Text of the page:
The Caves of South Dakota–Kid-friendly Underground Adventure

 

Wind Cave National Park, South Dakota, Badlands for kids
Wind Cave National Park offers more than a cave, along the scenic drive the buffalo graze. Photo Credit: South Dakota Department of Tourism

Caves and kids? Yes, my school-age kids love caves and can’t wait to take a wild cave tour. Cave tours offer kids a peak into an underground world where exploration and discoveries still happen daily. Since a large portion of the Wind Cave in South Dakota remains uncharted, my boy’s mind starts to race as he plots to discover the next new passage.

The Black Hills of South Dakota offer two caves within 31 miles of each other, centered around Custer, South Dakota. Cave tours are ideal for school-age kids who can scramble down the dimly-lit passages and not be intimidated by the dark.

Jewel Cave National Monument

Local prospectors discovered Jewel Cave in 1900 after blasting dynamite to enlarge the entrance and discovered a cavern covered with calcite crystals. Proclaimed a national monument in 1908, the Civilian Conservation Corps (CCC) developed the area in the 1930s.

Jewel Cave National Monument Cave Tours

Jewel Cave National Monument offers two basic tours, the Scenic Tour and the Discovery Tour. During our visit, we took the Discovery Tour.

The Scenic Tour, the most popular and strenuous tour, features 732 steps up and down on metal scaffolding. Since kids must navigate the stairs, it’s advised than kids be at least six years old. Kids can’t be carried during the Scenic Tour either.

Jewel Cave National Monument, South Dakota, Badlands for kids,
Caves fascinate my son and he can’t wait to take a wild cave tour when he’s old enough.

The Discovery Tour offers an introduction to Jewel Cave where visitors climb 15 steps only. The park ranger explains the types of calcite have give Jewel Cave its name and how the cave was formed.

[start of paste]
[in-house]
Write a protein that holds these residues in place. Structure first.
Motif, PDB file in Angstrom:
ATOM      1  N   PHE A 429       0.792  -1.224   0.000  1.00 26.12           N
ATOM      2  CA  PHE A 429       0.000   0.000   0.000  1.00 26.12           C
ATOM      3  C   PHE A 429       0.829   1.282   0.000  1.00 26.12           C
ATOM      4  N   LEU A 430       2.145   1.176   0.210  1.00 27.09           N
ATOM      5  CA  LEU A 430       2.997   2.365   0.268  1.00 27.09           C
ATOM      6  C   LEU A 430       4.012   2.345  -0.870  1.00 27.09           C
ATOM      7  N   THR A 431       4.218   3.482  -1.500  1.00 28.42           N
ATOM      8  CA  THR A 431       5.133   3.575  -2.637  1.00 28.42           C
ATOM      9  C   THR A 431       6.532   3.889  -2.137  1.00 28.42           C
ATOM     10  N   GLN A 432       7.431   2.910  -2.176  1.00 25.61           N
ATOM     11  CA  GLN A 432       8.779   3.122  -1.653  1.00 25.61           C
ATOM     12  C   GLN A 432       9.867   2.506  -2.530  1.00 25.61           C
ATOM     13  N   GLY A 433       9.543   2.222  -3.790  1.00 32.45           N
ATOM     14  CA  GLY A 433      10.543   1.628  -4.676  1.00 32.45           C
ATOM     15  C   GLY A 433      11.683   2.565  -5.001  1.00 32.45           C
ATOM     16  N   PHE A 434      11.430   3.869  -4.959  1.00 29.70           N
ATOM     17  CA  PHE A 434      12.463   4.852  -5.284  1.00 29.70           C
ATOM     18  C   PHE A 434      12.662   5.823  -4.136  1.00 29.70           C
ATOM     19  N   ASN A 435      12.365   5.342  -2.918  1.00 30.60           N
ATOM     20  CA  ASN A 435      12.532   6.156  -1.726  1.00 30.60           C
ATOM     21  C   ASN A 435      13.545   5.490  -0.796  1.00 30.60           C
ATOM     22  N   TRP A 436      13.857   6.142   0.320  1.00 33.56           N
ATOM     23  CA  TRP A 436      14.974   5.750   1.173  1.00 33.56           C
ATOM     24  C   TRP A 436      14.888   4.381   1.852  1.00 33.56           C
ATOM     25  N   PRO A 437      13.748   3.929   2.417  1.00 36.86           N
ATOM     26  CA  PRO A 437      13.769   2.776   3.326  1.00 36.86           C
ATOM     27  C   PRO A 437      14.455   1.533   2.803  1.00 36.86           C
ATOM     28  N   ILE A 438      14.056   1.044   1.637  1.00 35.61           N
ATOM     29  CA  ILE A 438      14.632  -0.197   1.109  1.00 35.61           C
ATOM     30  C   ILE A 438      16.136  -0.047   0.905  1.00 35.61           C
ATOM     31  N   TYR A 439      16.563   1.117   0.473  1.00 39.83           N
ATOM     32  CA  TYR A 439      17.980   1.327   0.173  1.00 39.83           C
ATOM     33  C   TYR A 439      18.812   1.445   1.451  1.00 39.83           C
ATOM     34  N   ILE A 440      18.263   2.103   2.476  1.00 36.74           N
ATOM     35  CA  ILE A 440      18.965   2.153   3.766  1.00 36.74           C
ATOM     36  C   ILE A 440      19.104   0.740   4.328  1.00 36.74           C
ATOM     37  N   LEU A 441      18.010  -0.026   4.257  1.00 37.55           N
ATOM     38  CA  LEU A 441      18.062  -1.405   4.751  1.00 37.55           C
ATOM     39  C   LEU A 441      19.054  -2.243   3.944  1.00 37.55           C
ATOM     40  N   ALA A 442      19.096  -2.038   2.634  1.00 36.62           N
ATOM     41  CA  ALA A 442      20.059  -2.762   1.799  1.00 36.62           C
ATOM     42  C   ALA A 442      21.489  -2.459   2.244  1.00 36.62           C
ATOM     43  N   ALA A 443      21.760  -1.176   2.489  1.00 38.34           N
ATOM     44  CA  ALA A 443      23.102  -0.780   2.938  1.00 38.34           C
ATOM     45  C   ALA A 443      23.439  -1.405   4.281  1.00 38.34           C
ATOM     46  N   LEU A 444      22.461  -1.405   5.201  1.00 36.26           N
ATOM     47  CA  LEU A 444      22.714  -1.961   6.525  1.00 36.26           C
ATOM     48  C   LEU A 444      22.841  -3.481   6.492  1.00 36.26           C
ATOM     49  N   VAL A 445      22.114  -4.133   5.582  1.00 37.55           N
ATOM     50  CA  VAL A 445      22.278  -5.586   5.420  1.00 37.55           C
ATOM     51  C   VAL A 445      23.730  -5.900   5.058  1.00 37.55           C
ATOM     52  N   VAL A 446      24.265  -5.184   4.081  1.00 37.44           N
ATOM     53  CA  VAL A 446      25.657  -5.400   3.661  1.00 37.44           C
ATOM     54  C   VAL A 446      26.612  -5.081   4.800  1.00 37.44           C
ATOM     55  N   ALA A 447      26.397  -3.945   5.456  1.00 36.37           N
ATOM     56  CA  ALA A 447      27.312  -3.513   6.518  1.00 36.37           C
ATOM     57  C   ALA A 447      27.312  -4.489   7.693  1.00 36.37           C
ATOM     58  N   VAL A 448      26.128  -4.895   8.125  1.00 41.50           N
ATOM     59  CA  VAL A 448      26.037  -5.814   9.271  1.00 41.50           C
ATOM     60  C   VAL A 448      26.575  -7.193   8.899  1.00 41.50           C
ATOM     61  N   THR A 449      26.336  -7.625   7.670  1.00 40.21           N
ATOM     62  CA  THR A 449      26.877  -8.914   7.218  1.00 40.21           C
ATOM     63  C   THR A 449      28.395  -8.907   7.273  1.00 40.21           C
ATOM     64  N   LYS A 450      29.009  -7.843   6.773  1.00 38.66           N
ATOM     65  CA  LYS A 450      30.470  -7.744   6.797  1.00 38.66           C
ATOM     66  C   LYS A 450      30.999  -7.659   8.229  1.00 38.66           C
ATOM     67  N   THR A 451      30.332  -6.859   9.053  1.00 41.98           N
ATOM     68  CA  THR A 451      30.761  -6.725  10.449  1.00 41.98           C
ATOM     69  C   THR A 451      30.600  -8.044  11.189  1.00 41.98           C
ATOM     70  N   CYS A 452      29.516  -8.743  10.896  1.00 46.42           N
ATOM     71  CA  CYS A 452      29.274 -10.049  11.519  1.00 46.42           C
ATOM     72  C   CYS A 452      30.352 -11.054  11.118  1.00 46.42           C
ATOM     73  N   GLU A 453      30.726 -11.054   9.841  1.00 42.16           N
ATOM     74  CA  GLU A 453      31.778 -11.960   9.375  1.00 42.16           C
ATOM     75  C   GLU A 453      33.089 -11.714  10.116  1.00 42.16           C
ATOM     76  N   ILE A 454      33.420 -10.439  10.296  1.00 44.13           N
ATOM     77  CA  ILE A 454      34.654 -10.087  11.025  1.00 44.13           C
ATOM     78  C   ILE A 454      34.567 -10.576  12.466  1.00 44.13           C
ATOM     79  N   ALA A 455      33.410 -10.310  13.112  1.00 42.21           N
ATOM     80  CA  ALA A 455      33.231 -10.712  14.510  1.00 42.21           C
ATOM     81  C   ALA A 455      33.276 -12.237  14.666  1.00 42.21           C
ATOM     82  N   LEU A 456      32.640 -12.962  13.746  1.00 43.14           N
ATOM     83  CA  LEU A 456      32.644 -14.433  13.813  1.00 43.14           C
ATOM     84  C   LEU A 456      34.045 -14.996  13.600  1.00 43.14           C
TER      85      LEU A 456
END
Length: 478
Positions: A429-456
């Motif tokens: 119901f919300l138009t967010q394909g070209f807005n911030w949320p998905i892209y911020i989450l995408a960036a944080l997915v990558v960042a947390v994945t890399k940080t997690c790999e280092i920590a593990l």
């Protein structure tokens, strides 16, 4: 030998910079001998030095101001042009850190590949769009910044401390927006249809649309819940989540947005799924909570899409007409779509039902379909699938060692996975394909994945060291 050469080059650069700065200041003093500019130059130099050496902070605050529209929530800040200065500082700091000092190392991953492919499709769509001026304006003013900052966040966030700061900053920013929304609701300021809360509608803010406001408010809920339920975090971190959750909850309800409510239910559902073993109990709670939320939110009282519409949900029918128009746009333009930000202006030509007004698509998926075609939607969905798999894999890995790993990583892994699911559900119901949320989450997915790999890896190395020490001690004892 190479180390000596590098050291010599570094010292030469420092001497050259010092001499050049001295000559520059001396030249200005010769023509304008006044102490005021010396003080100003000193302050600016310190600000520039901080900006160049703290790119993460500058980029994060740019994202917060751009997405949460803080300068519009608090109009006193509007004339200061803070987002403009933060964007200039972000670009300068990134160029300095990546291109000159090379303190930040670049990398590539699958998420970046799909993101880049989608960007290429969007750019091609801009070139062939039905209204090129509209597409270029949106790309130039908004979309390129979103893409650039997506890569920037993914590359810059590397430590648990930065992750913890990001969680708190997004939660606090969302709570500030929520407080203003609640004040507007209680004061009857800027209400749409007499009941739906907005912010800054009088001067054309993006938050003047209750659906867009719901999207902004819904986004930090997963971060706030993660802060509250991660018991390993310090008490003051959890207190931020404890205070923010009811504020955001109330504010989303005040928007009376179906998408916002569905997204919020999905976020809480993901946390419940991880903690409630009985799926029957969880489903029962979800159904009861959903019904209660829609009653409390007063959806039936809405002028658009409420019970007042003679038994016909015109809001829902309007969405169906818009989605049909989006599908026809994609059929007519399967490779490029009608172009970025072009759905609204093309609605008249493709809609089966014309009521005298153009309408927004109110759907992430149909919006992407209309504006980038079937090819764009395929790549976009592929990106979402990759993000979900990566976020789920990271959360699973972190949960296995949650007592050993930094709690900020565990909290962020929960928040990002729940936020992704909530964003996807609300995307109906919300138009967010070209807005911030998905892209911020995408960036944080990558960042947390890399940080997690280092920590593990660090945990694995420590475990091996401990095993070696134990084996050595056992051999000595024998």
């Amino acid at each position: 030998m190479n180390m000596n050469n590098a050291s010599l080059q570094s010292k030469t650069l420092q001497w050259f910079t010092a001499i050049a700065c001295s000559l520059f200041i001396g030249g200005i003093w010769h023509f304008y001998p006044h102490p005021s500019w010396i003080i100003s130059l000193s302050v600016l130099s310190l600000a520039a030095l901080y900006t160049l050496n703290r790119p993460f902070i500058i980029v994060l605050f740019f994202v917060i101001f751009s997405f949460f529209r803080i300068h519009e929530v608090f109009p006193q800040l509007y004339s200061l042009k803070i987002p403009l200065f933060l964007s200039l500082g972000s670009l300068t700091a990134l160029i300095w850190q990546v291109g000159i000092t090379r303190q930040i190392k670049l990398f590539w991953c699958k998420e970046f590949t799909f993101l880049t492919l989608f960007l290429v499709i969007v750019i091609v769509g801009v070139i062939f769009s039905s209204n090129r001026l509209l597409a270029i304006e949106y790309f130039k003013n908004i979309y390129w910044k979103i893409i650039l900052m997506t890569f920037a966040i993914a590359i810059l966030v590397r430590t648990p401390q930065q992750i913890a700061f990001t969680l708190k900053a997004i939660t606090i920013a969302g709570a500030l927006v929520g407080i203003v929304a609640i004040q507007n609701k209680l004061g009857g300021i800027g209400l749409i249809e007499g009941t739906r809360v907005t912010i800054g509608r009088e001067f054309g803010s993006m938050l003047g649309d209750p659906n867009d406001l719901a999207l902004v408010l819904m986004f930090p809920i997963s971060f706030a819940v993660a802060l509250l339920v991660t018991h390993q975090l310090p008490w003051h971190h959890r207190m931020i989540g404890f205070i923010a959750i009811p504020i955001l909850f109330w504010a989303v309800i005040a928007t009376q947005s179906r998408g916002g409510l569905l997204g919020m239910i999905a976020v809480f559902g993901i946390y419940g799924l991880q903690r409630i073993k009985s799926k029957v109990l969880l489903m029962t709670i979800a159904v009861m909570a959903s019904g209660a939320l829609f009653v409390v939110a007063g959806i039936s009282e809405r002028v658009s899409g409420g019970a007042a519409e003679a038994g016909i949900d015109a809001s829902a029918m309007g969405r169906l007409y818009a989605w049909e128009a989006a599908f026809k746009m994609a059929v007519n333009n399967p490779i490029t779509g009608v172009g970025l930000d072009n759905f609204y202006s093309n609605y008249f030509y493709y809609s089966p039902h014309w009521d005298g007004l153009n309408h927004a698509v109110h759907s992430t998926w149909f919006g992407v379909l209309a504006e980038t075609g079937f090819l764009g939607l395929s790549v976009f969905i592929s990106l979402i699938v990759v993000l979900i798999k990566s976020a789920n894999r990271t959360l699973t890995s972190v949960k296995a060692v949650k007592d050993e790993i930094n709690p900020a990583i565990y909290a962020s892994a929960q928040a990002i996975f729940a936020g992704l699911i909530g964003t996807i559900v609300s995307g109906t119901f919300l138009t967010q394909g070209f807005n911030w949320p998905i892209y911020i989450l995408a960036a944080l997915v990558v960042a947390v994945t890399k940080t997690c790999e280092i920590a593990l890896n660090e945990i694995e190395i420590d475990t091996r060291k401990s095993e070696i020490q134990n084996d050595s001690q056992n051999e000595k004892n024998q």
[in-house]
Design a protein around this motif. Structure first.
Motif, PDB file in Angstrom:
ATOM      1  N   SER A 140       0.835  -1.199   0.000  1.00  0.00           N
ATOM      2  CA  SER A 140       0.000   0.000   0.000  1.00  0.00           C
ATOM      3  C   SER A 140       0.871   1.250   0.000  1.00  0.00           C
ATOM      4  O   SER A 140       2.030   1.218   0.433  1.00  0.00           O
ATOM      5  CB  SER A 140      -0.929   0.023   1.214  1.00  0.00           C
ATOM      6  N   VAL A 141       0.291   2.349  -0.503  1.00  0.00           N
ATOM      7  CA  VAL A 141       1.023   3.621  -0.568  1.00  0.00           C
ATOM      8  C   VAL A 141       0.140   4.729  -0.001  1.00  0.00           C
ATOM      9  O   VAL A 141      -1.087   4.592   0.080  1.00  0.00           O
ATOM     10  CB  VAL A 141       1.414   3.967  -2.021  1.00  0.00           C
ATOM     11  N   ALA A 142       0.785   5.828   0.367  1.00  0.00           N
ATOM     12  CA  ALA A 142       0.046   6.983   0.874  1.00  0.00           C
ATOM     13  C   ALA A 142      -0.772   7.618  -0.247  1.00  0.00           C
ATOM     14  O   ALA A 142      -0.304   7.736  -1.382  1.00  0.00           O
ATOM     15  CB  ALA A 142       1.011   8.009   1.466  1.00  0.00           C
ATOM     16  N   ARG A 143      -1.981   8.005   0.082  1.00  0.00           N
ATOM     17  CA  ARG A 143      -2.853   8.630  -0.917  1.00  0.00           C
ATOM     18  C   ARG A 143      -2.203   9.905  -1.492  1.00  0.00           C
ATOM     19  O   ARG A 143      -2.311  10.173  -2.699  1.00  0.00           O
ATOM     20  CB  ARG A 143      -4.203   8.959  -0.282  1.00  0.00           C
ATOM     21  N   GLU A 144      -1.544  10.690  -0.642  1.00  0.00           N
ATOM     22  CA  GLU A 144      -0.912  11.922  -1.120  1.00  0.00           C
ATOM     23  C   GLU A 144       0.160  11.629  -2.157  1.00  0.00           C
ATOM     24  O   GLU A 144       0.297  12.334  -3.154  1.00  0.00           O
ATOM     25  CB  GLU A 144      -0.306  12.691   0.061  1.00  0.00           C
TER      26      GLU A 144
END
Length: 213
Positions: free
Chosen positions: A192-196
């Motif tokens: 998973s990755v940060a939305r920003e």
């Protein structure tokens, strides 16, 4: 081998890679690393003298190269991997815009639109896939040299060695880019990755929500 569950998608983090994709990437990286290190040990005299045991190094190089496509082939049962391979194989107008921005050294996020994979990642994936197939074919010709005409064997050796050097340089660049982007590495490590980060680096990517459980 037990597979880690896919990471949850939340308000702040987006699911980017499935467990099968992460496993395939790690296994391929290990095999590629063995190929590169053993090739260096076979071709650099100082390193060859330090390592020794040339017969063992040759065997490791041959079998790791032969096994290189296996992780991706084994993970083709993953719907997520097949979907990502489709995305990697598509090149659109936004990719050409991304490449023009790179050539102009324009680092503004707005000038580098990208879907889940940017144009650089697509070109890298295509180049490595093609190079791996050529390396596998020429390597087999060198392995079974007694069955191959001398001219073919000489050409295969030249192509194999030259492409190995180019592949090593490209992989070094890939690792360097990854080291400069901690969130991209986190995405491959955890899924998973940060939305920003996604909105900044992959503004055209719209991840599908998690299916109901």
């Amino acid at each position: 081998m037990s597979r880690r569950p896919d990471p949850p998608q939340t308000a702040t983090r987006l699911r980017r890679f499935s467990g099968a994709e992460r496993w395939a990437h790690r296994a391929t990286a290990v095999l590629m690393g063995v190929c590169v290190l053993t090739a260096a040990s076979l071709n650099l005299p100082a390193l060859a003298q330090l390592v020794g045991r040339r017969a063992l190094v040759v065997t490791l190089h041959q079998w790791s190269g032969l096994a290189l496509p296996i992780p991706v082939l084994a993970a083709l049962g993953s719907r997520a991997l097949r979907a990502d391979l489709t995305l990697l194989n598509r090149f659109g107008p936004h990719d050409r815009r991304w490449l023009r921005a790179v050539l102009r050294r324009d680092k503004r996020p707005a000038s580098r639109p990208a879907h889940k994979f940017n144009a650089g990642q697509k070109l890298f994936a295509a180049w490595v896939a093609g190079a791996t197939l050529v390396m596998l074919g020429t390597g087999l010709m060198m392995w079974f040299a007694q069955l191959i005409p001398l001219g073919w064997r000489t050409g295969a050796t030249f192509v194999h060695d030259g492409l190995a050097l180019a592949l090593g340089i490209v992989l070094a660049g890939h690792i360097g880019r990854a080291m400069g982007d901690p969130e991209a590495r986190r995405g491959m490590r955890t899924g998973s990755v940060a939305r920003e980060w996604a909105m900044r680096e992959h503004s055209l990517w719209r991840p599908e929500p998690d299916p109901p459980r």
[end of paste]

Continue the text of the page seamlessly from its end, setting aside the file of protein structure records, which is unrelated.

A Candlelight tour and a Wild Cave tour are available at Jewel Cave National Monument. Advance reservations are required for both tours. 

Where’s Jewel Cave National Monument

Jewel Cave National Monument, located 53 miles southwest of Rapid City, South Dakota, featuring a regional airport with commercial flights. The park is 13 miles west of Custer, South Dakota along South Dakota Highway 16.

Jewel Cave National Monument, South Dakota,
Inside of Jewel Cave National Monument, kids need to climb up and down 732 steps along metal scaffolding. Jewel Cave’s Scenic Tour isn’t advised for kids under 6.

Getting Around Jewel Cave 

Jewel Cave Visitor Center opens every day from 8:30 a.m. to 4:30 p.m., mid-March to the end of November and closed on Thanksgiving Day, December 25. Free to enter and contains restrooms and a gift shop.

All cave tours depart from the Jewel Cave Visitor Center. Purchase tour tickets, grab maps, pick up Junior Ranger booklets and use the restrooms since none are located in the cave.

Wind Cave National Park

Wind Cave National Park, named after the barometric winds at the entrance of the cave use to predict the weather, features more than a cave. With hiking, camping and a herd of bison, Wind Cave National Park offers a hub for exploring the southern part of South Dakota’s Black Hills.

Wind Cave National Park, South Dakota, Badlands for kids,
Wind Cave’s original entrance looks like an animal’s home instead of one the world’s longest caves.

A national park since 1903, a pair of brothers discovered it in 1881 when the wind of the cave blew off their hats. Due to the vastness of Wind Cave, it features its own air pressure system that’s always trying to equal the air pressure on the surface.

With over 100 miles of passageways, portions of Wind Cave still remain uncharted; only 5 percent has been discovered. Wind Cave features exceptional boxwork, popcorn and frostwork, all cave formations, a draw for cave enthusiasts.

Don’t forget to discover the rolling grasslands of Wind Cave National Park. With herds of bison, pronghorns and prairie dog towns, my kids loved driving through the park. Take Highway 87 as an alternative scenic route to-or-from Custer, South Dakota.